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The Americas:

A Separate World

(40,000 B.C. - 700 A.D.)

The Americas: A Separate World

$160 per month

1 session per week


Allison Bruning




12 - 18  years old



Session 1: The Earliest Americans


Students will identify Beringia, Ice Age and maize. 

Students will describe how to survive killing a mammoth using prehistoric tools. 

Students will analyze why there were such an abundance of animals in Prehistoric North America.

Students will summarize how earliest Americans adapted to the loss of large animals.

Students will examine the migration routes of early Americans from 40,000 to 10,000 B.C.

Students will analyze artifacts associated with a bison kill site.

Students will examine the effects agriculture had upon human life before and after agriculture was developed. 

Students will explain why the development of agriculture is viewed by some experts as a  turning point in human history. 


1) Complete Section 1 Assessment and Connect to Today on page 239.

2) Read pages 240 - 245 in course textbook.

3) Complete Connect to Today on page 245.

Session 2: Early Mesoamerican Civilizations


Students will review their homework.

Students will identify Mesoamerica, Olmec, Zapotec and Monte Alban. 

Students will examine infer how the Olmec's environment helped in the creation of its civilization.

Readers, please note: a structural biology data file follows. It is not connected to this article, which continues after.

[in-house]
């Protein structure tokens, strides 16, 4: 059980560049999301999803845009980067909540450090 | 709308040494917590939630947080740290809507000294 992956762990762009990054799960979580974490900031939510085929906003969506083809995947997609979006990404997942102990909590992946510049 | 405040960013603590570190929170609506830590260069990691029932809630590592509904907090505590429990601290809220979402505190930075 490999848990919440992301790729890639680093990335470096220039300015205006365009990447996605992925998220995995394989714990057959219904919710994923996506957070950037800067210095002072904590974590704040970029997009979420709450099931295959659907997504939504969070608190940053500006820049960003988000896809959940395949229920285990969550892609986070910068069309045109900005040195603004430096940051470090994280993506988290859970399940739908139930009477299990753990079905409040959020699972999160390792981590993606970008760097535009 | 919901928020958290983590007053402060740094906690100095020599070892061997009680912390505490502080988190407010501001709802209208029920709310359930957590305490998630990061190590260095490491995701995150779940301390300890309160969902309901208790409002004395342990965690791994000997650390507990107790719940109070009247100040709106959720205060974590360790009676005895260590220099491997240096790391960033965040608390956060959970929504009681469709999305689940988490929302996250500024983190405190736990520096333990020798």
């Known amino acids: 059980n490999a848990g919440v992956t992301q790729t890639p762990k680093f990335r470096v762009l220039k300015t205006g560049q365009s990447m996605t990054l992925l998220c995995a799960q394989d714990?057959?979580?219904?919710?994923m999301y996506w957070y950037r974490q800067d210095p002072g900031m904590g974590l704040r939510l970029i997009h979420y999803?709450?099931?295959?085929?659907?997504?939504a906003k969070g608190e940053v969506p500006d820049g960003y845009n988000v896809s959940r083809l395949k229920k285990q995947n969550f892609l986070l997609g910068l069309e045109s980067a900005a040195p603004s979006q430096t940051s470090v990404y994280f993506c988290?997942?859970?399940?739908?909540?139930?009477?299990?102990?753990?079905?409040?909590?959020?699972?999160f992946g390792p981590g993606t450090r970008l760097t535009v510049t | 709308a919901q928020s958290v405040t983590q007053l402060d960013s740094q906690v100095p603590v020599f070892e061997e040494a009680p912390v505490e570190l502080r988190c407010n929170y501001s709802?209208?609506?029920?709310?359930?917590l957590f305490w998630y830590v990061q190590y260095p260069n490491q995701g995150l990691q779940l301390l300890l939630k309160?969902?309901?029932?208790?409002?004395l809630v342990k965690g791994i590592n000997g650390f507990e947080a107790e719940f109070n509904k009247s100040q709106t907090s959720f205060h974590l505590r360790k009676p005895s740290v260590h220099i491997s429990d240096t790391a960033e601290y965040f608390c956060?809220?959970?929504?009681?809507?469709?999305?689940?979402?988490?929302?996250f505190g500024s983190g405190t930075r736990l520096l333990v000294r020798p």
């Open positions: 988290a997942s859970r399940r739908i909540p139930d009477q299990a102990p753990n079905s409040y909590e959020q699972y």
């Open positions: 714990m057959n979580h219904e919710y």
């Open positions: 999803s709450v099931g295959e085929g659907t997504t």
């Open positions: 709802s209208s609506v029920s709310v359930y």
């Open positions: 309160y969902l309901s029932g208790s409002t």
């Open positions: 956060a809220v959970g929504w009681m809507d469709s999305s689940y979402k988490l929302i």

Students will hypothesis what might have lead to the disappearance of the entire Olmec civilization. 

Students will compare Monte Alban's population and the population of today's major cities. 

Students will declare what they believe were to be the Olmec's most important contributions to later cultures and why. 

Students will analyze Olmec sculpture. 


1) Complete Section 2 Assessment and Connect to Today on page 243.

2) Read pages 246 - 249 in course textbook.

Session 3: Early Civilizations of the Andes


Students will review their homework.

Students will identify Chavin, Nazca and Moche.

Students will contrast the environment of the Andes to the rest of Mesoamerica. 

Students will examine the importance of headhunting in the Nazca culture. 

Students will analyze Nazca Lines. 

Students will summarize how archaeologists were able to gain so much information about the Moche without the help of a written language. 

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